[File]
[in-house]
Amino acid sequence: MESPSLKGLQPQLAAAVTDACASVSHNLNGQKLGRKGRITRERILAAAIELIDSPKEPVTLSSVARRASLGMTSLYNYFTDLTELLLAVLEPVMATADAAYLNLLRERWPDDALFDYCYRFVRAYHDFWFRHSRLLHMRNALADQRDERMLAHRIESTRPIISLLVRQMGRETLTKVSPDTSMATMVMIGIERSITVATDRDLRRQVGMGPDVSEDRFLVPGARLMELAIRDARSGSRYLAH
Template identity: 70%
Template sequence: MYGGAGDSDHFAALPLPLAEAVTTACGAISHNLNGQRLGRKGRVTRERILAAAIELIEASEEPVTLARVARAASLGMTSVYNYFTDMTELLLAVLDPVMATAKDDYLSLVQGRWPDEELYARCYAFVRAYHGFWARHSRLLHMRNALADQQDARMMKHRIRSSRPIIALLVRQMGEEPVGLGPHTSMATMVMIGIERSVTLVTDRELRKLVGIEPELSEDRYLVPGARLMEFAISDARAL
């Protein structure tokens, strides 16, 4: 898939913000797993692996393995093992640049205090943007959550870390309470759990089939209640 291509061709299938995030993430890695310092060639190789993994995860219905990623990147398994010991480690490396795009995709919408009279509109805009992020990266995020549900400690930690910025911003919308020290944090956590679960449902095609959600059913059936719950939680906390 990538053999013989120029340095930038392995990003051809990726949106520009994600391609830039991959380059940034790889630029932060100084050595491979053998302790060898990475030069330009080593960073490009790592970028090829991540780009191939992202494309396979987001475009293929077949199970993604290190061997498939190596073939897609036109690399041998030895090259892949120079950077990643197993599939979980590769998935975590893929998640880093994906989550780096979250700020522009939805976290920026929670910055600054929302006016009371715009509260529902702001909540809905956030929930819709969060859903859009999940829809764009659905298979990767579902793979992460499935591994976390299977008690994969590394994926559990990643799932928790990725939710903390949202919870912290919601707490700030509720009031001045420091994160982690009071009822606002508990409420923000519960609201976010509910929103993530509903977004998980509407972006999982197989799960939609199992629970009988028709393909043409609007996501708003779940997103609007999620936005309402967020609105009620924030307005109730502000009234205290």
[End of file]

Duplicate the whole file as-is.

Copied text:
[in-house]
Amino acid sequence: MESPSLKGLQPQLAAAVTDACASVSHNLNGQKLGRKGRITRERILAAAIELIDSPKEPVTLSSVARRASLGMTSLYNYFTDLTELLLAVLEPVMATADAAYLNLLRERWPDDALFDYCYRFVRAYHDFWFRHSRLLHMRNALADQRDERMLAHRIESTRPIISLLVRQMGRETLTKVSPDTSMATMVMIGIERSITVATDRDLRRQVGMGPDVSEDRFLVPGARLMELAIRDARSGSRYLAH
Template identity: 70%
Template sequence: MYGGAGDSDHFAALPLPLAEAVTTACGAISHNLNGQRLGRKGRVTRERILAAAIELIEASEEPVTLARVARAASLGMTSVYNYFTDMTELLLAVLDPVMATAKDDYLSLVQGRWPDEELYARCYAFVRAYHGFWARHSRLLHMRNALADQQDARMMKHRIRSSRPIIALLVRQMGEEPVGLGPHTSMATMVMIGIERSVTLVTDRELRKLVGIEPELSEDRYLVPGARLMEFAISDARAL
């Protein structure tokens, strides 16, 4: 898939913000797993692996393995093992640049205090943007959550870390309470759990089939209640 291509061709299938995030993430890695310092060639190789993994995860219905990623990147398994010991480690490396795009995709919408009279509109805009992020990266995020549900400690930690910025911003919308020290944090956590679960449902095609959600059913059936719950939680906390 990538053999013989120029340095930038392995990003051809990726949106520009994600391609830039991959380059940034790889630029932060100084050595491979053998302790060898990475030069330009080593960073490009790592970028090829991540780009191939992202494309396979987001475009293929077949199970993604290190061997498939190596073939897609036109690399041998030895090259892949120079950077990643197993599939979980590769998935975590893929998640880093994906989550780096979250700020522009939805976290920026929670910055600054929302006016009371715009509260529902702001909540809905956030929930819709969060859903859009999940829809764009659905298979990767579902793979992460499935591994976390299977008690994969590394994926559990990643799932928790990725939710903390949202919870912290919601707490700030509720009031001045420091994160982690009071009822606002508990409420923000519960609201976010509910929103993530509903977004998980509407972006999982197989799960939609199992629970009988028709393909043409609007996501708003779940997103609007999620936005309402967020609105009620924030307005109730502000009234205290």